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Bias is the deviation of results from the truth, due to systematic error in the method used. There are many different types of bias.

bioassay (or biological assay)

Used to determine the potency of a physical, chemical or biological agent, by means of a biological indicator i.e. measuring the response of living organisms or tissues to a test treatment.


Bioavailability (or simply availability) is an indicator of the percent of a drug dose entering the systemic circulation after administration of a given dosage form. The amount of drug absorbed is taken as a measure of the ability of the formulation to deliver drug to the sites of drug action.


The percent of dose entering the systemic circulation after administration of a given dosage form. More explicitly, the ratio of the amount of drug “absorbed” from a test formulation to the amount “absorbed” after administration of a standard formulation. Frequently, the “standard formulation” used in assessing bioavailability is the aqueous solution of the drug, given intravenously.


The science and study of the ways in which the pharmaceutical formulation of administered agents can influence their pharmacodynamic and pharmacokinetic behavior. Differences in pharmaceutical properties can cause substantial differences in the biologic properties – and therapeutic usefulness – of preparations which are identical with respect to their content of active ingredient.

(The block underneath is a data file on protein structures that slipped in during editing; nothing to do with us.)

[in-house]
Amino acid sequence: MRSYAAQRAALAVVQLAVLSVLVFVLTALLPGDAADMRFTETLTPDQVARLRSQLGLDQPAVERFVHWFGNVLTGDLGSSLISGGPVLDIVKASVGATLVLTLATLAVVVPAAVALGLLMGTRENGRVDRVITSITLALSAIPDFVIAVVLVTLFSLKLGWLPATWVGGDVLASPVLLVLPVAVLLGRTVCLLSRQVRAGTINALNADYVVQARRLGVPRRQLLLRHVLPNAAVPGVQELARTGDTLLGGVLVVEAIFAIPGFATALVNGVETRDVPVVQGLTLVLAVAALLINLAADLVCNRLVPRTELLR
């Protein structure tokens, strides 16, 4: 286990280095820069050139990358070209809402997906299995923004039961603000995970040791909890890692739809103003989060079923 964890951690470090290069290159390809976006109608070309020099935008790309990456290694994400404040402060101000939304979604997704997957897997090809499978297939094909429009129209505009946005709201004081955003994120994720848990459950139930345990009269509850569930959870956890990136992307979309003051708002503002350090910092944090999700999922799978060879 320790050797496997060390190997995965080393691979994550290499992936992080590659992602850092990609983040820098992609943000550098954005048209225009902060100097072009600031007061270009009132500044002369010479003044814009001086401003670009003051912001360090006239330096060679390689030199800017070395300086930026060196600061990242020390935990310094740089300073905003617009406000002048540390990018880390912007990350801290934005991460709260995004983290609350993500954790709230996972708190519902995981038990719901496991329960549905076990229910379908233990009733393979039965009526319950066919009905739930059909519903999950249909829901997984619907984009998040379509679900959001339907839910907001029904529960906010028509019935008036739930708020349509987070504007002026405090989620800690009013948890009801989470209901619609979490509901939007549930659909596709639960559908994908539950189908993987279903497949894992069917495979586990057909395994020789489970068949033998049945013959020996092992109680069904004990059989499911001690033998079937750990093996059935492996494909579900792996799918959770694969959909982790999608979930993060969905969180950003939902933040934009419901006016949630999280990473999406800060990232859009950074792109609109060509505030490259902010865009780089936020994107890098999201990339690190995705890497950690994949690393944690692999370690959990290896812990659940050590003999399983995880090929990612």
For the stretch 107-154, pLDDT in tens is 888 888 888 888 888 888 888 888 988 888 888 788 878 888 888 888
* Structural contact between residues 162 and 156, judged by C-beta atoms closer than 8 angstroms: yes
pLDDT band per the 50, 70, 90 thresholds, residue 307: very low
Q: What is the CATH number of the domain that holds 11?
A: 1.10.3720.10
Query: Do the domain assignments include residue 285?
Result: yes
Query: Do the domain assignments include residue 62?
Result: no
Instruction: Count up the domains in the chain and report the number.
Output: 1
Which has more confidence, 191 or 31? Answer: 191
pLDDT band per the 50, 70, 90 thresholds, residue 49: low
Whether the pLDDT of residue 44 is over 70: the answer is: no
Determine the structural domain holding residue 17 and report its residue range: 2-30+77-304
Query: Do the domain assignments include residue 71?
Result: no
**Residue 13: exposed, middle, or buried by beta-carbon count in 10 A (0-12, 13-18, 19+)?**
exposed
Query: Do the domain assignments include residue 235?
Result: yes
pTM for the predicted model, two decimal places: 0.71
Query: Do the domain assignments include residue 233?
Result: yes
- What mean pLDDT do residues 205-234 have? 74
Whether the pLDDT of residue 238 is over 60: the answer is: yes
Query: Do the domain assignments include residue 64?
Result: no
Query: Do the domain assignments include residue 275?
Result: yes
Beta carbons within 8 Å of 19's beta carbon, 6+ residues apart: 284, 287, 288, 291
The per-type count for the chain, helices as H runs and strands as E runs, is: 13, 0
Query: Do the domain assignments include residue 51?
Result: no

Factors that act to convert a drug to another form. Typically, in the process of drug elimination drugs are biotransformed to inactive, more polar, water-soluble products that can be more easily excreted in the urine. However, the products of biotransformation can also be active compounds in themselves, or may be toxic. The major organ of biotransformation is the liver.


The movement of drugs into, through, and out of biological organisms or their organs/tissues. The study of biotranslocation determines how chemicals cross cellular membranes and other biological barriers.

blind experiment

A form of experiment in which the participants are, to some degree, kept ignorant of the nature and doses of materials administered during the experiment, to prevent a prejudiced interpretation of the drug effects observed, and to prevent a presumed knowledge of effects to be expected from influencing the kinds of effects manifested by a subject. In a 'single-blind' experiment, one participant – usually the subject – is left uninformed. In a 'double-blind' experiment two participants – usually the subject and observer – are uninformed, and in 'triple-blind' experiment the subject, the observer, and the person responsible for the actual administration of the drug are left unaware of the nature of the material administered. In clinical experimentation the use of blind experimentation is frequently associated with the use of dummy or placebo medication as part of the experimental design, and the use of a 'cross-over' experimental design.


The maximum amount of drug or radioligand, usually expressed as picomoles (pM) per mg protein, which can bind specifically to the receptors in a membrane preparation. Bmax be used to measure the density of receptor sites in a particular test sample.


abnormally slow breathing rate; respiratory depression


Medical term for grinding the teeth and clenching the jaw.

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